Of course, that may not be the case at all. It’s possible that Joe isn’t Tommy and, instead, is working with Luciano and Lansky. Luciano referred to a “man inside” at the end of the episode. It would also account for how Joe perked up in his first scene when Mickey asked the vagrants if they’d liked to work for Nucky Thompson. For all I know, maybe he’s Meyer Lansky’s brother that Willie referred to in this episode.
There’s also the possibility that Joe is simply a character meant to remind us and Nucky of his past and how he’s trying to correct his behavior and prevent more people from being killed. But the amount of screen time Joe has been given this season really doesn’t mesh well with that theory. Not in my mind, anyway.
“Friendless Child” also featured the reunion of Eli and Will Thompson. Eli met with his assistant U.S. attorney son looking disheveled. Willie offers to take his dad in but Eli just wanted to see that his son was doing well for himself. It was a bittersweet moment as it signaled the likelihood that Eli was heading off toward a depressing death. That changed when the show employed another instance of convenient timing that they’ve been favoring this season as the scene ends with Will being abducted.
Luciano and Lansky grabbed Will so that Nucky would exchange Benny Siegel for him, who Nucky’s men nabbed earlier. I have to hand it to Michael Zegen and the writers, by the way. I love his performance as Siegel and I’m happy that the writers have given him so much more this season. As for the actual hostage exchange plot line, I wasn’t too excited about it but I really enjoyed the tension the writers brought to it.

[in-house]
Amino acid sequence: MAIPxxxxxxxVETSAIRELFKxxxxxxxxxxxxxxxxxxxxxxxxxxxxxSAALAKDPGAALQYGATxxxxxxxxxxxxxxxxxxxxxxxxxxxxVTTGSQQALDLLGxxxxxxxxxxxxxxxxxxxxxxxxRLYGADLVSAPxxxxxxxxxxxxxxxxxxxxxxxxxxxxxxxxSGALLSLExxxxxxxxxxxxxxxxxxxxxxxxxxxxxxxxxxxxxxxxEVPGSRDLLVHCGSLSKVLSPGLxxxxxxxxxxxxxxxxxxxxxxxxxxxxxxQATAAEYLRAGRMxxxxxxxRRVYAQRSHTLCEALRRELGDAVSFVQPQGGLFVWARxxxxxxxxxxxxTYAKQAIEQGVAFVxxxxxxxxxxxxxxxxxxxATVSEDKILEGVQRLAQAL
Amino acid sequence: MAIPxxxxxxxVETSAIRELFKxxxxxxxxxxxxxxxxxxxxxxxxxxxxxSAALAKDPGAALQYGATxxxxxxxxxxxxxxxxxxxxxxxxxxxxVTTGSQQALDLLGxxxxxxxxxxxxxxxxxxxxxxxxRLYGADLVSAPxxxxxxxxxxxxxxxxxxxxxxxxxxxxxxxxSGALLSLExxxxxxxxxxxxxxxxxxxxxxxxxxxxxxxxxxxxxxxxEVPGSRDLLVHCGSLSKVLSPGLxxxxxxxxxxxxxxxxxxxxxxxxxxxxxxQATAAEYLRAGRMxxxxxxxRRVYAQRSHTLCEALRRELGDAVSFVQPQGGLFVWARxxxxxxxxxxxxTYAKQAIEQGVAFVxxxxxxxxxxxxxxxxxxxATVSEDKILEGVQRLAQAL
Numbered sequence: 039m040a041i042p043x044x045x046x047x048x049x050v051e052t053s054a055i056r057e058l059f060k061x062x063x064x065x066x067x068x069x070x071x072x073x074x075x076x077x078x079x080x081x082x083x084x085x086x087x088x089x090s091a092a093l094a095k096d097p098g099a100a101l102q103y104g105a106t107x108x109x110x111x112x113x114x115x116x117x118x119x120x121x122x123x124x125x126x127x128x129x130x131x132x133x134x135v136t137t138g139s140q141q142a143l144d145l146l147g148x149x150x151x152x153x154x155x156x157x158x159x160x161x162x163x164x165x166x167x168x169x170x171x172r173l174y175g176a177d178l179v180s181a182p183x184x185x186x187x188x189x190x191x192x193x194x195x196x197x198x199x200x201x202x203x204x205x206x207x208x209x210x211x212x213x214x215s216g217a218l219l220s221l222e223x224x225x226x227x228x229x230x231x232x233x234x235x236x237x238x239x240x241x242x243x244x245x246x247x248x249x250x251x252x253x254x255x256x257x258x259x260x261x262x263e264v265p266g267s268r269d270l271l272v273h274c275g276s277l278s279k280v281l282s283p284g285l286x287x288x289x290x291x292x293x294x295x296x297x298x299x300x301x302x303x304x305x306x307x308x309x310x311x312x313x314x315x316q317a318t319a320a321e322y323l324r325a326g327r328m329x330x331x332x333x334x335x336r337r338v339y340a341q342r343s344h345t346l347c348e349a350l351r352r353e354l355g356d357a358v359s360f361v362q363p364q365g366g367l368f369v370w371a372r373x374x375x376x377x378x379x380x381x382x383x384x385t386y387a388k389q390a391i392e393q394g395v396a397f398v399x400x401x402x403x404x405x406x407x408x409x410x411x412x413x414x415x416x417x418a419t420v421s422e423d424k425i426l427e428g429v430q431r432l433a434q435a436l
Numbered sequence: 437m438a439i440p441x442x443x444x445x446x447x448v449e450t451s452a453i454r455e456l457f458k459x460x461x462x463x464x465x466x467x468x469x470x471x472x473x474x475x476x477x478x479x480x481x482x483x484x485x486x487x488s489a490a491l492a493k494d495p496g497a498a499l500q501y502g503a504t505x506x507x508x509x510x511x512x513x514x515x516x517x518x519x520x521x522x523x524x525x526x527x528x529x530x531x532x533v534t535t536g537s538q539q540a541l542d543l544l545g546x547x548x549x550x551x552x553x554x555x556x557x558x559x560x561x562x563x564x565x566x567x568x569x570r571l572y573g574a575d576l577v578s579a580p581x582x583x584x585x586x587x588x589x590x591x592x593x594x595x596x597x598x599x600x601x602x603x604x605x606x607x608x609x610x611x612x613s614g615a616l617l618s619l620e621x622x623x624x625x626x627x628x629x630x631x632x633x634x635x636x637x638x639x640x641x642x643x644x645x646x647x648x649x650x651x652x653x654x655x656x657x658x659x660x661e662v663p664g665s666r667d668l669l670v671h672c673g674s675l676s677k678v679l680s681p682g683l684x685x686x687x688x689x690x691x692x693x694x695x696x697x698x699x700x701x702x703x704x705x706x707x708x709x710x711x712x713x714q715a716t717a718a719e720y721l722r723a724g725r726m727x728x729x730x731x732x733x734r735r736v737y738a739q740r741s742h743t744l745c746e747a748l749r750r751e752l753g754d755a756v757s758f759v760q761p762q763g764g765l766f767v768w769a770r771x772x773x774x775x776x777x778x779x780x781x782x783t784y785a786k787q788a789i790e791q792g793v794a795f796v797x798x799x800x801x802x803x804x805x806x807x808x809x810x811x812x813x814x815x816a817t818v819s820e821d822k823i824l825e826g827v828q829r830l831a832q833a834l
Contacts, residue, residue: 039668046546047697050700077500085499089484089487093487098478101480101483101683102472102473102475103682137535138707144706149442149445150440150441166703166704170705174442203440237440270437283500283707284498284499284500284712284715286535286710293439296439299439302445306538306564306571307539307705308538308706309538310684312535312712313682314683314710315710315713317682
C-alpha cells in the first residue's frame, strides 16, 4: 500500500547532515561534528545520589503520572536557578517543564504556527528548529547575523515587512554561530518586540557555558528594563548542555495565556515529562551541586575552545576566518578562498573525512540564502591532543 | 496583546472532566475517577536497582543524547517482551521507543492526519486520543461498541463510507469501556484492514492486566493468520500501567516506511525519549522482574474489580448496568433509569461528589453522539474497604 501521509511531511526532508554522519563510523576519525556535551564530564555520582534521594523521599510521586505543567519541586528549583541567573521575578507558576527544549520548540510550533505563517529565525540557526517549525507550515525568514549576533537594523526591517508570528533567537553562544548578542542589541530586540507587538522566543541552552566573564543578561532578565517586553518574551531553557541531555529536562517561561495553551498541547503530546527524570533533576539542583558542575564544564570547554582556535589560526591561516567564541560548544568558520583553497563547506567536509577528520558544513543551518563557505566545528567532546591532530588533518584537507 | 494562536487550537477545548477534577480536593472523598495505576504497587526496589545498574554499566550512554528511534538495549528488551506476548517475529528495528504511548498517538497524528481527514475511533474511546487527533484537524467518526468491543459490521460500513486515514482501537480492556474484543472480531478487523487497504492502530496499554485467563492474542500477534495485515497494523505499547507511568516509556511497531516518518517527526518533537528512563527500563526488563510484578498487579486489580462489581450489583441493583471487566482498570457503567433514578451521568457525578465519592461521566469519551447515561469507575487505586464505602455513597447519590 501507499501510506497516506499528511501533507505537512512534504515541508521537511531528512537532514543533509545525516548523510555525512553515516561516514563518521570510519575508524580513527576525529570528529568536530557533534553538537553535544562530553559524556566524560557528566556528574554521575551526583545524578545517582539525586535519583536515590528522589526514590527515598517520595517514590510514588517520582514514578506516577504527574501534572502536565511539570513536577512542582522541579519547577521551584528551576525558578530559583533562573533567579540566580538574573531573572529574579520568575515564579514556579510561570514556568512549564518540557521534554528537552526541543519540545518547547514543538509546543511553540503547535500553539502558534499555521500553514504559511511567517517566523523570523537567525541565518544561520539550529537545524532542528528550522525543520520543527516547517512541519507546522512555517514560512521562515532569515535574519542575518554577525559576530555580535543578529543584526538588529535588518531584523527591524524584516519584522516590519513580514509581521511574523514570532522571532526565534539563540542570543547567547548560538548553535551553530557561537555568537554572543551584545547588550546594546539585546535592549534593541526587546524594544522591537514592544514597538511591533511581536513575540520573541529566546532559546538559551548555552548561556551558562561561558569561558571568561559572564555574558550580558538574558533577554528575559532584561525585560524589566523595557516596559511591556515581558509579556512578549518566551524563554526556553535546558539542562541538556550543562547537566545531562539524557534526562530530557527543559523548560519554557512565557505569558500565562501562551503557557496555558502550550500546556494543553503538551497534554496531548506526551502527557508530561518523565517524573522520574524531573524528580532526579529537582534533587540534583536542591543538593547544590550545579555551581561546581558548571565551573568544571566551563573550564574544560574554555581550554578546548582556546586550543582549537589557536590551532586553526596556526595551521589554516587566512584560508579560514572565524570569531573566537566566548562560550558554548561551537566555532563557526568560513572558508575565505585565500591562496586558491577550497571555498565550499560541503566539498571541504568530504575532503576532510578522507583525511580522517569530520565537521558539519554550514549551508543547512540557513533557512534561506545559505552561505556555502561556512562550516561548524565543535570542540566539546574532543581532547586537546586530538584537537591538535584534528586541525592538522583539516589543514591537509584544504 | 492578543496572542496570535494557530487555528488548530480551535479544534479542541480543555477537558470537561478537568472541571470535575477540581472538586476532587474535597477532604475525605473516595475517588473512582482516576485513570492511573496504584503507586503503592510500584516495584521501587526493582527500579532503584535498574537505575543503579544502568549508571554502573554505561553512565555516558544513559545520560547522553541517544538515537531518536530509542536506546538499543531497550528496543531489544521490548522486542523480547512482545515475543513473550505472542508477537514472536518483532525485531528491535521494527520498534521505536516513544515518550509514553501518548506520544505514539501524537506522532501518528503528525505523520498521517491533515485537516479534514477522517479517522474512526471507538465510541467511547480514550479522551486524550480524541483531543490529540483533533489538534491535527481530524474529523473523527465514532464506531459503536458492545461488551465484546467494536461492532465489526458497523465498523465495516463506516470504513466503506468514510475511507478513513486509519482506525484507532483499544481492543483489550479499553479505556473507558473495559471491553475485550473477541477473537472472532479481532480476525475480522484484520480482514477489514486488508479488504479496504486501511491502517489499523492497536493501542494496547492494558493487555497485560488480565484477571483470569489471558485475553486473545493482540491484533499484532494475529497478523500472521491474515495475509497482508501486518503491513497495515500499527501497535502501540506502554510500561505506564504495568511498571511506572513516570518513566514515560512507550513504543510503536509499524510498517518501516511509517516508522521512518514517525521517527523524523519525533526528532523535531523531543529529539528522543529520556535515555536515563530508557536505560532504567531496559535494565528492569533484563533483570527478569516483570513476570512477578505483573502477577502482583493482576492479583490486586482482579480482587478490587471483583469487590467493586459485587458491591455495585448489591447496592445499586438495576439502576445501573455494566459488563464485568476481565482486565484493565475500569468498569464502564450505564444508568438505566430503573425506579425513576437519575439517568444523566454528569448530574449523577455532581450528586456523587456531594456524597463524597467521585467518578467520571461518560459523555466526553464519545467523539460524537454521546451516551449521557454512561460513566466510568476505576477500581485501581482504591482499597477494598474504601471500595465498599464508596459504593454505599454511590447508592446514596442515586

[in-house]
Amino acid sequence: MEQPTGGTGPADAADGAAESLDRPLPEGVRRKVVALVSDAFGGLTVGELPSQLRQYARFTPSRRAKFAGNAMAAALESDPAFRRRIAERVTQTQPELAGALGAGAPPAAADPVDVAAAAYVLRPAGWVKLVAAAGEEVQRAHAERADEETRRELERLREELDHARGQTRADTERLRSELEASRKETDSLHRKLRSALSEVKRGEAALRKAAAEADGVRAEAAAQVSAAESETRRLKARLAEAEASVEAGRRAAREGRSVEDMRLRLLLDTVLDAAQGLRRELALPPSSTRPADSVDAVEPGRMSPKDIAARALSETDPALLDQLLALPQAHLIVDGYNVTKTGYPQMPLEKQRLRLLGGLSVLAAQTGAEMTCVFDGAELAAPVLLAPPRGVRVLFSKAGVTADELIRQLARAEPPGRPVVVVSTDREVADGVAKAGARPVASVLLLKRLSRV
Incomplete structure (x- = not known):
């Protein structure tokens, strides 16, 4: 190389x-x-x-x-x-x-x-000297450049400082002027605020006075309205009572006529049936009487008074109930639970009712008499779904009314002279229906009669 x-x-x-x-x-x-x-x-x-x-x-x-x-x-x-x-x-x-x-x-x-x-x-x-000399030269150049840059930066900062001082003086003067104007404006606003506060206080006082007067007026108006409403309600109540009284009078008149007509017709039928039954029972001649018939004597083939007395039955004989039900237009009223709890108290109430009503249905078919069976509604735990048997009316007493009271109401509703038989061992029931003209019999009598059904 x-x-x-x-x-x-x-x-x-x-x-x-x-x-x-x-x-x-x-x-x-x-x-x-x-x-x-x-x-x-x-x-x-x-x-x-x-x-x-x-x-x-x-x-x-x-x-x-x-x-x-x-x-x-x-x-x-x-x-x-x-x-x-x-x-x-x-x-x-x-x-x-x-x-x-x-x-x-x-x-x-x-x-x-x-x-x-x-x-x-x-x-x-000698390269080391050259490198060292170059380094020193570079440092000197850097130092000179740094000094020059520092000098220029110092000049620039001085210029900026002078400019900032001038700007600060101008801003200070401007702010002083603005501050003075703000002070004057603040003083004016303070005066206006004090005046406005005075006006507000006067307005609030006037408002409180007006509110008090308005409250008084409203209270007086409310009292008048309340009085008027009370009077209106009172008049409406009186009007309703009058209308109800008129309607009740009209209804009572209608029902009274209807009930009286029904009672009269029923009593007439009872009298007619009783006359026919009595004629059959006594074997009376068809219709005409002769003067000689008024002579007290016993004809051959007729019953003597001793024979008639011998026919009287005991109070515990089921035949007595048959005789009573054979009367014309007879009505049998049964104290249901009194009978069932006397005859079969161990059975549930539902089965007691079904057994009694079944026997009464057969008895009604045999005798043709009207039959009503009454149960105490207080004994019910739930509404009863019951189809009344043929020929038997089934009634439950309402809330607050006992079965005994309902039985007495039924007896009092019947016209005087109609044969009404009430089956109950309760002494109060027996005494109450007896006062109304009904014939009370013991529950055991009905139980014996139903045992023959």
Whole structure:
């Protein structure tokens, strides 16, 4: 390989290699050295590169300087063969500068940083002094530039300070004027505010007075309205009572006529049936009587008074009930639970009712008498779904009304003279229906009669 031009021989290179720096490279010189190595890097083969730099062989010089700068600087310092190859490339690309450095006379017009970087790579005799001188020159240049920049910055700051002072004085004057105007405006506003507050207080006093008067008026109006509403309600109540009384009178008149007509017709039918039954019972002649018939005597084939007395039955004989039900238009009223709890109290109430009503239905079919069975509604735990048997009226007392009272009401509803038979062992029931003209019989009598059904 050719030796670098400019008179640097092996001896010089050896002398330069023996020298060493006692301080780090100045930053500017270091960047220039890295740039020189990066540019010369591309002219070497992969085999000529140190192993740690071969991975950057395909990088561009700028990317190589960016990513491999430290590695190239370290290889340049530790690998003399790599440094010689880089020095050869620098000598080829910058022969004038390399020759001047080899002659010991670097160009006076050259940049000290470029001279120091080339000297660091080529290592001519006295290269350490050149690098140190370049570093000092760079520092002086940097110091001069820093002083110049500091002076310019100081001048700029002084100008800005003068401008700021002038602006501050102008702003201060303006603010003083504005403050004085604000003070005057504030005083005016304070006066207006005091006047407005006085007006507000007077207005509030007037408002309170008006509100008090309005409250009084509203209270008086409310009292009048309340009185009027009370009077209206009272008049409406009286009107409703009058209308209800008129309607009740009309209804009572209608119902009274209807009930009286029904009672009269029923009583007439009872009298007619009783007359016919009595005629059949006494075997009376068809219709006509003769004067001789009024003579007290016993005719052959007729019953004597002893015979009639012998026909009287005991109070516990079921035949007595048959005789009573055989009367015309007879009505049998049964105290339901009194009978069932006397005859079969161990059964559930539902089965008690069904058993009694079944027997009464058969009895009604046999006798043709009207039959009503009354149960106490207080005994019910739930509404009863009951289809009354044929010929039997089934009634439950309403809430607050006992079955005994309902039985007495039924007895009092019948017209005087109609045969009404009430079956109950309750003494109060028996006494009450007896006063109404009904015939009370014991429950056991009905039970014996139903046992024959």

The hostage exchange itself is a pretty common trope in TV and movies. Because of that, I was a little disappointed to see it employed in one of the most narratively important episodes of the series. The show handled the trope well, however, by filling the trade scene with so much tension that I forgot that a number of the characters involved, historically speaking, couldn’t die. I was nervous that the bullets would start flying. It was a little less dramatic than that, though. The deaths of Mickey and Archie were enough to release the vent on tension the show had built to that point. So it worked out very well.